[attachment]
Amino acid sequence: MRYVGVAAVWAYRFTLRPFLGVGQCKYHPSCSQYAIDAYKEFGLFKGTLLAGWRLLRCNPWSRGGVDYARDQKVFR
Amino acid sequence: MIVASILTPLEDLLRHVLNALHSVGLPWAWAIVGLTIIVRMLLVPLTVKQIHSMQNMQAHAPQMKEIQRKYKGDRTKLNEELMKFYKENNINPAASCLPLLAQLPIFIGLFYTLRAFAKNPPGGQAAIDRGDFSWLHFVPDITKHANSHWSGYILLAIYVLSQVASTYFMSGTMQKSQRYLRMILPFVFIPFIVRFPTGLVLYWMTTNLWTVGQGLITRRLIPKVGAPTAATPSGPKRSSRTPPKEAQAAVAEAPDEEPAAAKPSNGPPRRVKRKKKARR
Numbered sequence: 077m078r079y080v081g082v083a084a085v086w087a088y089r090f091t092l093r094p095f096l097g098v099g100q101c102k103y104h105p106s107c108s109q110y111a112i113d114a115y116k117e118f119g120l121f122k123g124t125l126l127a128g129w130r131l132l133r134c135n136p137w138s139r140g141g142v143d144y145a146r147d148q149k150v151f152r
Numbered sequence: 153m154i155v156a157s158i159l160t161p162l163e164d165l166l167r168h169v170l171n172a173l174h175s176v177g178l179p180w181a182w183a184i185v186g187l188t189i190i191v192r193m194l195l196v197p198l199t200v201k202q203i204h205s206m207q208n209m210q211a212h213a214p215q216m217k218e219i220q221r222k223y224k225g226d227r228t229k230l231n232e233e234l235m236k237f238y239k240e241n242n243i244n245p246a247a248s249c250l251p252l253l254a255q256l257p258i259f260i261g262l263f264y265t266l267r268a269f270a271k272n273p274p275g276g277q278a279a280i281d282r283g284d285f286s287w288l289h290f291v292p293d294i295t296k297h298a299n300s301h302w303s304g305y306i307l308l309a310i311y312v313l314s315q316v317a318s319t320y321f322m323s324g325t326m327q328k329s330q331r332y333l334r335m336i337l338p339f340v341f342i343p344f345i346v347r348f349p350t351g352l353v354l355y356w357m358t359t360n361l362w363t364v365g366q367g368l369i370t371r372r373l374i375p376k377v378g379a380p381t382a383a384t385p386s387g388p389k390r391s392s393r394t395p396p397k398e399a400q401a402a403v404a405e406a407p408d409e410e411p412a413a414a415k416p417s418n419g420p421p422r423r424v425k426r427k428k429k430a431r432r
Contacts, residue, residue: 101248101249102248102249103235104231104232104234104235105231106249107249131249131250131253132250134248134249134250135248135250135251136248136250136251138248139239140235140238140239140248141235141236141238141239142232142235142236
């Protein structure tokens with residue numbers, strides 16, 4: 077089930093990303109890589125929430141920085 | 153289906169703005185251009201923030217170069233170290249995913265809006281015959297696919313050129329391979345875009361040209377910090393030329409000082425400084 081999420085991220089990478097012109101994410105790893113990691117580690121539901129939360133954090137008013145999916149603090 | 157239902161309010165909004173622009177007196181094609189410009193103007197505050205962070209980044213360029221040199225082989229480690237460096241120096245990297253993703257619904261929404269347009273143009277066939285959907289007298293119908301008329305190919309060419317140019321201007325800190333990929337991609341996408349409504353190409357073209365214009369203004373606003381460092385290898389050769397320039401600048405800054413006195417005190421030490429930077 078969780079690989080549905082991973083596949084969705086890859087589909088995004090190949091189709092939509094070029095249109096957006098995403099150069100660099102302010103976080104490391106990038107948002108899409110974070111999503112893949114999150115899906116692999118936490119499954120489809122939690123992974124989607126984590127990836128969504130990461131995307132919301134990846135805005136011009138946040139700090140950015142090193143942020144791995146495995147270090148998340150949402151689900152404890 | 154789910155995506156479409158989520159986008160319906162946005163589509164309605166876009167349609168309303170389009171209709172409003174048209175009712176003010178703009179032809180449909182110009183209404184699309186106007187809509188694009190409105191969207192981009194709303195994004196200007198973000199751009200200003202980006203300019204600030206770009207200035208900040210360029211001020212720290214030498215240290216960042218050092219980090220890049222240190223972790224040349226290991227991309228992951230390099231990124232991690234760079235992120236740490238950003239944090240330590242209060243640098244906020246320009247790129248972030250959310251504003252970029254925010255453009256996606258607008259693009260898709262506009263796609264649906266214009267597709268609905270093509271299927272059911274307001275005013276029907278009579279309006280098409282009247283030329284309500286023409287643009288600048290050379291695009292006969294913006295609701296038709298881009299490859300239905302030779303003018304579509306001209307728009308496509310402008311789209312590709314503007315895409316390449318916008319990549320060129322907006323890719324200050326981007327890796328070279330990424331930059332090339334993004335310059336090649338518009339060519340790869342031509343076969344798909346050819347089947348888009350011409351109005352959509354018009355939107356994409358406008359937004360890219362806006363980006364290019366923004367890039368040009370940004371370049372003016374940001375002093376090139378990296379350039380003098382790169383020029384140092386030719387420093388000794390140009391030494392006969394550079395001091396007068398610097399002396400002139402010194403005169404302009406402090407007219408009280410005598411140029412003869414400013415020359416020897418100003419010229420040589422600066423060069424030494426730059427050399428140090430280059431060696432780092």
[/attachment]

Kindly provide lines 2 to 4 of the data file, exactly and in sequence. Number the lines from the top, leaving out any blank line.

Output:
Amino acid sequence: MIVASILTPLEDLLRHVLNALHSVGLPWAWAIVGLTIIVRMLLVPLTVKQIHSMQNMQAHAPQMKEIQRKYKGDRTKLNEELMKFYKENNINPAASCLPLLAQLPIFIGLFYTLRAFAKNPPGGQAAIDRGDFSWLHFVPDITKHANSHWSGYILLAIYVLSQVASTYFMSGTMQKSQRYLRMILPFVFIPFIVRFPTGLVLYWMTTNLWTVGQGLITRRLIPKVGAPTAATPSGPKRSSRTPPKEAQAAVAEAPDEEPAAAKPSNGPPRRVKRKKKARR
Numbered sequence: 077m078r079y080v081g082v083a084a085v086w087a088y089r090f091t092l093r094p095f096l097g098v099g100q101c102k103y104h105p106s107c108s109q110y111a112i113d114a115y116k117e118f119g120l121f122k123g124t125l126l127a128g129w130r131l132l133r134c135n136p137w138s139r140g141g142v143d144y145a146r147d148q149k150v151f152r
Numbered sequence: 153m154i155v156a157s158i159l160t161p162l163e164d165l166l167r168h169v170l171n172a173l174h175s176v177g178l179p180w181a182w183a184i185v186g187l188t189i190i191v192r193m194l195l196v197p198l199t200v201k202q203i204h205s206m207q208n209m210q211a212h213a214p215q216m217k218e219i220q221r222k223y224k225g226d227r228t229k230l231n232e233e234l235m236k237f238y239k240e241n242n243i244n245p246a247a248s249c250l251p252l253l254a255q256l257p258i259f260i261g262l263f264y265t266l267r268a269f270a271k272n273p274p275g276g277q278a279a280i281d282r283g284d285f286s287w288l289h290f291v292p293d294i295t296k297h298a299n300s301h302w303s304g305y306i307l308l309a310i311y312v313l314s315q316v317a318s319t320y321f322m323s324g325t326m327q328k329s330q331r332y333l334r335m336i337l338p339f340v341f342i343p344f345i346v347r348f349p350t351g352l353v354l355y356w357m358t359t360n361l362w363t364v365g366q367g368l369i370t371r372r373l374i375p376k377v378g379a380p381t382a383a384t385p386s387g388p389k390r391s392s393r394t395p396p397k398e399a400q401a402a403v404a405e406a407p408d409e410e411p412a413a414a415k416p417s418n419g420p421p422r423r424v425k426r427k428k429k430a431r432r